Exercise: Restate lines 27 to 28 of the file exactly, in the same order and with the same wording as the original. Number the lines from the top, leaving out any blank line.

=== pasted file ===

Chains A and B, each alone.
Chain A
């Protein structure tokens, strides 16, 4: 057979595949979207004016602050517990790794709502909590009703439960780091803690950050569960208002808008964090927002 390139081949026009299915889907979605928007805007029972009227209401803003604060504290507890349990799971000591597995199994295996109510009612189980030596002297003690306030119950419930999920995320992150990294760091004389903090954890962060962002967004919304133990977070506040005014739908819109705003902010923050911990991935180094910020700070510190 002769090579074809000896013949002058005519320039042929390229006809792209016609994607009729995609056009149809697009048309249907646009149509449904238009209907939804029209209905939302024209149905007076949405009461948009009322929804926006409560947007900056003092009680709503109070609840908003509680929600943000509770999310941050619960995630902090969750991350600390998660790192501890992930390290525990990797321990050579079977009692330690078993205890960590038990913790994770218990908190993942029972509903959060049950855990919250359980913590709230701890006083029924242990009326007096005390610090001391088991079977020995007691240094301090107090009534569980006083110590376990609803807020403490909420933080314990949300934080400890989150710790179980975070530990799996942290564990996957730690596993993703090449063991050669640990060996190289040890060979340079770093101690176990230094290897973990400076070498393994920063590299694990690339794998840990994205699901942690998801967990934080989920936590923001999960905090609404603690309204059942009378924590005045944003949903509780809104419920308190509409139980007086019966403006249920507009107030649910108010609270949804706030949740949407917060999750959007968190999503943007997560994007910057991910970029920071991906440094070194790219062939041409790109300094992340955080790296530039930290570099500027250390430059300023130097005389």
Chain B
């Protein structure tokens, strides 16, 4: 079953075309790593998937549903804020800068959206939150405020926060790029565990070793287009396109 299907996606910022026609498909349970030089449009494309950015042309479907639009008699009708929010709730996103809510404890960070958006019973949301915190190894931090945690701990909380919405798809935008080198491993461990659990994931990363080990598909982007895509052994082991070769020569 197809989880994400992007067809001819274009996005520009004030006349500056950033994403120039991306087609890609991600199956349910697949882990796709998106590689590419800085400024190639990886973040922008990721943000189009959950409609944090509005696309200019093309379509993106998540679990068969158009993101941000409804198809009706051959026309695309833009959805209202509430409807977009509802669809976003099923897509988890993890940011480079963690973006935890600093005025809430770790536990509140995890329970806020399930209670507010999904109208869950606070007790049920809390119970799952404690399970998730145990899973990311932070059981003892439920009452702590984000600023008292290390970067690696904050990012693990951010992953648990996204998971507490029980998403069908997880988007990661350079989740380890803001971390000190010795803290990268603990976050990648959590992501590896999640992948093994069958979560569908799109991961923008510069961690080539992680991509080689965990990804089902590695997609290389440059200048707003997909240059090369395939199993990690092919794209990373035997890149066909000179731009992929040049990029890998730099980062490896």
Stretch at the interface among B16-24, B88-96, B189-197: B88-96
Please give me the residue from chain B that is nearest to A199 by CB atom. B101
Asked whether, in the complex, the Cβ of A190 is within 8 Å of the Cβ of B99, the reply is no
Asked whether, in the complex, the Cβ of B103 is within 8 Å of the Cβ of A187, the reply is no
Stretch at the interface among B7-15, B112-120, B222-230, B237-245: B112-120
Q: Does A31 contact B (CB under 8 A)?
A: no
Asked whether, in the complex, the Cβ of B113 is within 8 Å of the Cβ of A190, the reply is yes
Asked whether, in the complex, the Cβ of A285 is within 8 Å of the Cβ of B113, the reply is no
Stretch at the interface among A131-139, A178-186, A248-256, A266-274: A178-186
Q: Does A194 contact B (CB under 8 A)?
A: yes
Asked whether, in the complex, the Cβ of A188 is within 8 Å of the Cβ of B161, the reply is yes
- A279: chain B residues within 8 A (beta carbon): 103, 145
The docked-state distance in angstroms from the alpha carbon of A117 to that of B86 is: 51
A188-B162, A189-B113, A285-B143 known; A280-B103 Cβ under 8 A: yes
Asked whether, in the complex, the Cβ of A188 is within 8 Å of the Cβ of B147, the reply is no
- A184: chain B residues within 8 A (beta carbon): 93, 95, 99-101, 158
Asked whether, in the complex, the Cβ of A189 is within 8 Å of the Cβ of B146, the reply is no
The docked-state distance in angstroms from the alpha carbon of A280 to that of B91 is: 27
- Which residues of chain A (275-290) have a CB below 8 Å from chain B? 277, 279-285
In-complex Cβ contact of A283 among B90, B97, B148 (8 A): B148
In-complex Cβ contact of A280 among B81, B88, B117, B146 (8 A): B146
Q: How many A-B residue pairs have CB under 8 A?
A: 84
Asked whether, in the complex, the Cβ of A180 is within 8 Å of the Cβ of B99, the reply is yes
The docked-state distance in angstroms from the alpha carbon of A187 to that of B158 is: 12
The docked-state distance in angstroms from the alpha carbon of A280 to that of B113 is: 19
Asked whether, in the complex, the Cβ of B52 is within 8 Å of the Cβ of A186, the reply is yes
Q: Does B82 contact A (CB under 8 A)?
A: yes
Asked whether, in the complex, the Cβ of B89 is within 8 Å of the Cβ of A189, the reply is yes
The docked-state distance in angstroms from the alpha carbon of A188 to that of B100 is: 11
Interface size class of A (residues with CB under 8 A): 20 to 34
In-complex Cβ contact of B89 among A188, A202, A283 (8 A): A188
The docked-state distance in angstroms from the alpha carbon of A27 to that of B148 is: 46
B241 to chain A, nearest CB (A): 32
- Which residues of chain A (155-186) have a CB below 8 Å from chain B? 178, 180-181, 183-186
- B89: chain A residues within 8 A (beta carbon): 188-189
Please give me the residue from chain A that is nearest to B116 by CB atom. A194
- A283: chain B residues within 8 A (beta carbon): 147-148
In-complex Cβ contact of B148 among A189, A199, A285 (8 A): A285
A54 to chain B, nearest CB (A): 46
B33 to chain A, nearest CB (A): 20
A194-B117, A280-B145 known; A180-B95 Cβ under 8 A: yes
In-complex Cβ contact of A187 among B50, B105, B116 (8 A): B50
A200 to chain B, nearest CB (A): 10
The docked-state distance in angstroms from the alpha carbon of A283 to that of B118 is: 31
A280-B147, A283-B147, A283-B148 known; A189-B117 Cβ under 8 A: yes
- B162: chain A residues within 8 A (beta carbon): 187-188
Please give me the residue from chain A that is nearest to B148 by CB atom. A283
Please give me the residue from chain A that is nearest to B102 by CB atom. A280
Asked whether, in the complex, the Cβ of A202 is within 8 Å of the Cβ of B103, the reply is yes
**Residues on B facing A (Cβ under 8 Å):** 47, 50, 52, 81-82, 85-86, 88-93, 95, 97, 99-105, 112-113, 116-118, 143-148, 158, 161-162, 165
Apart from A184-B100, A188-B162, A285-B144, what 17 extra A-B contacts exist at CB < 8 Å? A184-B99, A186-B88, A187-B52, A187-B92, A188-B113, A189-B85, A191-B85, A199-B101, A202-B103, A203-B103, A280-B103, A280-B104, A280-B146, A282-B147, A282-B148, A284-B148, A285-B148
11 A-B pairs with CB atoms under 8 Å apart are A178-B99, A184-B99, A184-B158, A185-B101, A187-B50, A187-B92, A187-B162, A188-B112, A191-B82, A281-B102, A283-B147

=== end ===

In-complex Cβ contact of A283 among B90, B97, B148 (8 A): B148
In-complex Cβ contact of A280 among B81, B88, B117, B146 (8 A): B146